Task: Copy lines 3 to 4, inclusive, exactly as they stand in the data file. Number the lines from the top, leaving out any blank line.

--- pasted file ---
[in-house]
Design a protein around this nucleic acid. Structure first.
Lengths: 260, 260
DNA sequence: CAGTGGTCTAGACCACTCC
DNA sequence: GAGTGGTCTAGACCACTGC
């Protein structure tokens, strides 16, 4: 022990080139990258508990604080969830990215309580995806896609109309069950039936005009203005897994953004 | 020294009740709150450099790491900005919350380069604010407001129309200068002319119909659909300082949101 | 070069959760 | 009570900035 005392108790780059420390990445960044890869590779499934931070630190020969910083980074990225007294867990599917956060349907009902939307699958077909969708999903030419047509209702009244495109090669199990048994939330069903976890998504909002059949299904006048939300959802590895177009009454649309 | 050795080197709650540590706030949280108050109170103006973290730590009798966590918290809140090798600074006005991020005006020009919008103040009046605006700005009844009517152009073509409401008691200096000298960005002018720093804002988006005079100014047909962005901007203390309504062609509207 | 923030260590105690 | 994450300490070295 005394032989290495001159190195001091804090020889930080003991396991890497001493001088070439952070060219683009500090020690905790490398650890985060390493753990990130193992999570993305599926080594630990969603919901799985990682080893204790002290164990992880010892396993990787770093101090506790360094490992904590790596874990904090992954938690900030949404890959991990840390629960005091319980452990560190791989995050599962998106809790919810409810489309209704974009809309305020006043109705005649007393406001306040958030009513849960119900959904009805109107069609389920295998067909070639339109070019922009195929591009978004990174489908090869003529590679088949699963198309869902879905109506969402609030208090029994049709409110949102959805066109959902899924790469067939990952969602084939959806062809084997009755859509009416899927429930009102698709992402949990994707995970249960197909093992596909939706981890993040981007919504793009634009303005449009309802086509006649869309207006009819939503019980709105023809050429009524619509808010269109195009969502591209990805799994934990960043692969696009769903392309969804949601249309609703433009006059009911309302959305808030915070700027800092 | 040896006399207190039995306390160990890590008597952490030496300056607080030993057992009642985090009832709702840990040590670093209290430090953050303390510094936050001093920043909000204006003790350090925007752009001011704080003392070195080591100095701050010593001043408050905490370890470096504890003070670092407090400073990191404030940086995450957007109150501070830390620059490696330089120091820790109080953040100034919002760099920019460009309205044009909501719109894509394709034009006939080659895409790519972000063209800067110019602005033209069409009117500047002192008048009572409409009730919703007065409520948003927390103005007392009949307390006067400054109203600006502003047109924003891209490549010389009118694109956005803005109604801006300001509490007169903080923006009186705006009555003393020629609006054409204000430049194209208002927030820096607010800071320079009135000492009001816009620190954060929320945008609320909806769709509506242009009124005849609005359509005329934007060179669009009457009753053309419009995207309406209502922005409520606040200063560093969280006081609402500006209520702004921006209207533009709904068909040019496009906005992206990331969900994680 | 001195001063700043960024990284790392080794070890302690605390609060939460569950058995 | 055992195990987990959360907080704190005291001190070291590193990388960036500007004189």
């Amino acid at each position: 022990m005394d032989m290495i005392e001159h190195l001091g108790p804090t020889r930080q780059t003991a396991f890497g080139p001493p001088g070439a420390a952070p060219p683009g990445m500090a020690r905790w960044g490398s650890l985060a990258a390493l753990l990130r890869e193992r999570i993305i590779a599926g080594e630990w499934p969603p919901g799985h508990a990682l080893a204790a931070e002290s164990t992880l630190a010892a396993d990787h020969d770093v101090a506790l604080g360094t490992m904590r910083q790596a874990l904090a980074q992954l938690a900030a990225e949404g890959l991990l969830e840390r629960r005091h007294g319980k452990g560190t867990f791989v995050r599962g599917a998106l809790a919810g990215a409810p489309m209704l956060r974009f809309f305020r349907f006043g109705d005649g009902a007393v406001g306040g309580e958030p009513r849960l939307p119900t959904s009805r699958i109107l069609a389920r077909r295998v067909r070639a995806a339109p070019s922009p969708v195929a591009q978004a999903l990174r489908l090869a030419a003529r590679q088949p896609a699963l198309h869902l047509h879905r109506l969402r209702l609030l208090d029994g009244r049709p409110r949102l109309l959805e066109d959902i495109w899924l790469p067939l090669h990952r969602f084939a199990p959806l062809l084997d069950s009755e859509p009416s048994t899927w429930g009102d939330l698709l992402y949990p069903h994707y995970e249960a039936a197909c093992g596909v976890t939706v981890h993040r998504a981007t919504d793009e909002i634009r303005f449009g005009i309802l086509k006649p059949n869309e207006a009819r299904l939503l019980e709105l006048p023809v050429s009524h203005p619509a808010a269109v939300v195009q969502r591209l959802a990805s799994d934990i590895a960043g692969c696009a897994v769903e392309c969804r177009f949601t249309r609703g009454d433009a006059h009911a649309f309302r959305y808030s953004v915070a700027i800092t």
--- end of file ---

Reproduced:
Lengths: 260, 260
DNA sequence: CAGTGGTCTAGACCACTCC